RS/Magazine, April (number 4), volume 5, 1996.

Work: Building Stuff

Jeffreys Copeland & Haemer

By the time you read this, tulips will be blooming while the last snow melts, students at the university will have shed their down vests in favor of shorts, the Boulder Creek bicycle path will once again be impassable at lunch: Spring will have arrived in the Rockies. And with the arrival of spring, a young consultant's fancy turns to... a new way to build programs.

We'd promised two months ago to finish our exploration of how to build documents that can be formatted by both Web browsers and traditional paper formatters. In the verbal tradition of Alan Winston, system manager at Stanford's Synchrotron Radiation Laboratory, we've gotten disracted, and said ``push!'' in the middle of a paragraph. In this case, the thing in our new stack space was the atchange utility we wrote for Tom Schneider at the National Cancer Institute. Before we say ``pop'', we wanted to pass on some comments from Tom, now that he's been using atchange for a while, and to finish some thoughts that atchange raised around the water cooler. Besides, we've interrupted our flow of thought in every series we've written for this magazine, so now it's a tradition.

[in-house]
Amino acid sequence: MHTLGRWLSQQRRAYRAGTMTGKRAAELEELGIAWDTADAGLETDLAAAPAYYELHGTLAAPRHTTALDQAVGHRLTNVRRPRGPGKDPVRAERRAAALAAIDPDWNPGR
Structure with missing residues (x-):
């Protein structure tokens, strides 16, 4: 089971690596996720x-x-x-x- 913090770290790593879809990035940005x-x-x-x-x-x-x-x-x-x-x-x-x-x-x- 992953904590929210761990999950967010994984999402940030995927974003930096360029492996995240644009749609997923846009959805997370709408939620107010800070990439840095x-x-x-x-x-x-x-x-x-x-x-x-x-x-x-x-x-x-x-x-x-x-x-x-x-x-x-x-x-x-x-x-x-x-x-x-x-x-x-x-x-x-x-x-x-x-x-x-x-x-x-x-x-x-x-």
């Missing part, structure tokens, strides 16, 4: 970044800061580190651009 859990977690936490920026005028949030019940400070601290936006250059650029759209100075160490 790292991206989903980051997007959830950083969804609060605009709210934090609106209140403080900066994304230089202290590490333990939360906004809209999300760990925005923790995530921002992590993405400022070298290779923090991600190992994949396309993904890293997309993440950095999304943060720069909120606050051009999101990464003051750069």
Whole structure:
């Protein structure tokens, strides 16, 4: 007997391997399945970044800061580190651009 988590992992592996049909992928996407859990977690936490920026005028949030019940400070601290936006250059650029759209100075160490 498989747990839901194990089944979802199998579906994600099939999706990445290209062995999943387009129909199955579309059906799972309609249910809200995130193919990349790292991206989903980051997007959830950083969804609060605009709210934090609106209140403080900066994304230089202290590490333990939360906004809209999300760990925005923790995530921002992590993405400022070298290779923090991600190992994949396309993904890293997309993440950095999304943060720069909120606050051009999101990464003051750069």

Fan mail from some flounder.
We had a nice note from Tom after we sent off last month's article commenting on our text. Tom rejected our suggestion that he switch from the C shell to the Korn shell because he's already lost enough research time by being locked out of his government lab. Tom also wondered why we were twitting him about continuing to program in Pascal: after all, he'd rather keep up with his real research than rewrite an existing 200k line code base. (JLC sympathizes: he's got a vital utility program that's been used constantly since 1986, but he doesn't have the week to convert it from Pascal to C++, which is what it should be written in.) Tom also suggested that we add more comments in our Perl programs to help folks like him who are still learning the language. We'll try.

Tom pointed out an interesting feature of atchange: if you set atchange to watch a directory, you can trigger an action when any file in the directory changes. For example, if you're working on multiple utilities with multiple interacting sources in a single directory, atchange can fire off the make command to re-build all the pieces in the directory.


Children of make.
Speaking of make, the old UNIX standby has been a mainstay of development work for nearly two decades. It's a useful tool: before its invention by Mike Lesk you had to keep track of what needed to be recompiled every time you edited a source file. Our amp;pre- work around was to write scripts that just rebuilt everything, so we wouldn't screw up. It was not only wasteful of programmer time, but also profligate of CPU power (remember, this was back in the days of 64k main memory, when the bytes were still sometimes core memory!).